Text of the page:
Skip to main content

This content was last updated on 3/7/2022

These questions and answers give general information about divorce in Kentucky. They do NOT tell you how to get a divorce without the help of a lawyer. Divorce law is complicated and changes often. Every case is different. Unless your divorce is very simple, it is a good idea to have a lawyer.

What is a divorce?

In Kentucky, when you end a marriage through the courts, it is called a dissolution of marriage. This is another name for divorce. In these questions, we use the term divorce, but it is important that you remember that the legal process is called dissolution of marriage.

How long do I have to live in Kentucky before I can file for divorce?

You or your spouse have to be living in Kentucky now. You or your spouse have to have been living only in Kentucky for at least 180 days before you can file.

Do you have to show that your spouse is “at fault” to get a divorce?

No. Kentucky has “no-fault” divorce. This means no one has to be at fault or have done anything wrong to cause the breakup of the marriage. Kentucky only requires that at least 1 spouse believes there is an “irretrievable breakdown” of the marriage with no hope of getting back together.

What are the basic steps for getting a divorce?
  • You or your spouse file a Petition for Dissolution. The person who files the Petition is called the “Petitioner.” The other person is called the “Respondent.”
  • Your spouse gets the chance to tell their side of the story. If they agree with what you say, they get to file a response and tell the judge if they agree. If your spouse does not agree with what you say in the papers you file, you can file a motion to have a series of court appearances with a judge. You only go before a judge if either you or your spouse files a motion.
  • There are issues that have to be worked out before the divorce can be granted. If you or your spouse own property, have pensions or debts or if one person is asking for financial support from the other, you need to figure out these issues before the divorce is final. If you have children, you need to work out custody, parenting time, child support, insurance coverage and medical/dental expenses before the divorce can be granted.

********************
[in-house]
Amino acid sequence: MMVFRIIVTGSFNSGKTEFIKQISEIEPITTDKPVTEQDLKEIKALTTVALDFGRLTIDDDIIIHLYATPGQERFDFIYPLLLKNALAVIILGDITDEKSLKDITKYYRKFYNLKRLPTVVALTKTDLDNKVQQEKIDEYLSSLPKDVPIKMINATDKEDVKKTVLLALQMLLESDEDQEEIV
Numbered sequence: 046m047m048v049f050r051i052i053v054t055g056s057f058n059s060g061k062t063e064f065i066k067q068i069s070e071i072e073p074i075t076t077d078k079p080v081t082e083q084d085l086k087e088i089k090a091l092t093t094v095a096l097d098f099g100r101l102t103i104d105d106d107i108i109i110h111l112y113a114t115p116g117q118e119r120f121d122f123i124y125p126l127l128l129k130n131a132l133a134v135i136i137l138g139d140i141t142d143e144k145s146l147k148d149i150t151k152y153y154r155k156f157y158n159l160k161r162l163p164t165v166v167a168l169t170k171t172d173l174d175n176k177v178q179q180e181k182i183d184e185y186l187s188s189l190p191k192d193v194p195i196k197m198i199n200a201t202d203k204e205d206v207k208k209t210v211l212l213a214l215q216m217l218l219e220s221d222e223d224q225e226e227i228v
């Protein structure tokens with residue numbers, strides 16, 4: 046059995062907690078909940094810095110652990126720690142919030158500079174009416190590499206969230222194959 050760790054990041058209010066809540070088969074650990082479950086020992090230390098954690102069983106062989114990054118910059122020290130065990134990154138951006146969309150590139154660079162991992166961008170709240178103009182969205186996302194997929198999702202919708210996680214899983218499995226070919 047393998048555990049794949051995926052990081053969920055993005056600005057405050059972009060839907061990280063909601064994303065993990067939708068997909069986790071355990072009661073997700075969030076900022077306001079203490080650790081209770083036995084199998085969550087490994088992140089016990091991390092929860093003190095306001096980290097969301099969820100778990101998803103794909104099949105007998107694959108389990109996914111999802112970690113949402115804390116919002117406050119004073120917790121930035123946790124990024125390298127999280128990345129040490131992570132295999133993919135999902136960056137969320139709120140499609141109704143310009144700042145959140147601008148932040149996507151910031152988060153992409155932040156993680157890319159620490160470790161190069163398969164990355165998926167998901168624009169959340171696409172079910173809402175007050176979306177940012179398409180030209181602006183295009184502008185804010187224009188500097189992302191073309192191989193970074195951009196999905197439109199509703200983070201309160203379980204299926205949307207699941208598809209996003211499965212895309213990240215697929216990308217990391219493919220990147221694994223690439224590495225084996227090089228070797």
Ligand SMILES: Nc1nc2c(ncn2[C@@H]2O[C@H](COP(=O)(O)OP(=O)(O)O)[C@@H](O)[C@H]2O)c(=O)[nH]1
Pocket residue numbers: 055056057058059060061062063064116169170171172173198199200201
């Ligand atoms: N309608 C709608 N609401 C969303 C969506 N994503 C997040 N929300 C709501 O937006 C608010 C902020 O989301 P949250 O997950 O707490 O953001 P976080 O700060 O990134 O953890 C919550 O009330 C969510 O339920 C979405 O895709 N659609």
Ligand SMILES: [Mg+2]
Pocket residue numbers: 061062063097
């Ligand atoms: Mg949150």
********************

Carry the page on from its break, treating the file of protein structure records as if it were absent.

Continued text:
• The Judge’s office can’t give you legal advice or help you do the necessary paperwork.
  • At the end of your divorce case, the court enters a “Decree of Dissolution” to make it final.
How long do I have to be separated from my spouse before I can get a divorce?

You can file for a divorce at any time, but you and your spouse must be separated and living apart for at least 60 days before a judge can grant a final divorce decree. Living apart means that you and your spouse are not having sexual relations. But you can be living at the same place.

What issues have to be dealt with in a divorce?
  • custody of your minor children
  • how each parent will spend time with the children (parenting time)
  • child support
  • spousal maintenance
  • insurance coverage
  • medical/dental expenses
  • payment of bills and debts
  • division of property, including pensions or retirement accounts.
How long does a divorce take?

The time a divorce takes depends on your situation. Generally, in Kentucky, couples with children of the marriage have to wait at least 60 days before the divorce can be finalized. The court can issue temporary orders as soon as the divorce is filed, but the actual divorce and final orders can’t be done until 60 days after date the divorce was filed. It could take longer than 60 days, depending on the issues of your case and the court’s schedule.

For couples without children of the marriage, a divorce can usually be finalized sooner. But timing still depends on the issues in your divorce. This might be things like if your spouse signs an agreement, or if you have significant assets, etc.

An uncontested divorce is when the parties agree on a settlement or one of the spouses does not respond. An uncontested divorce is likely to take a few months.

If the parties disagree, the divorce can sometimes take from 6 months to 2 years.

If I get served with divorce papers, what should I do?

Option 1: Do nothing
You can choose to do nothing. The divorce case goes forward without you. The judge bases their decision on what your spouse says. They make what is called a "default judgment." A default judgment is when a person loses a case because they don’t file a paper telling the court they want to take part in the case or when they don’t show up on court.

This option might work for you if there are no issues like kids or property in the case to argue about. But this option could cause problems if you don't like what the judge decides without you.

To protect your legal rights and to have a say in the outcome, talk to a lawyer and think about responding to the case.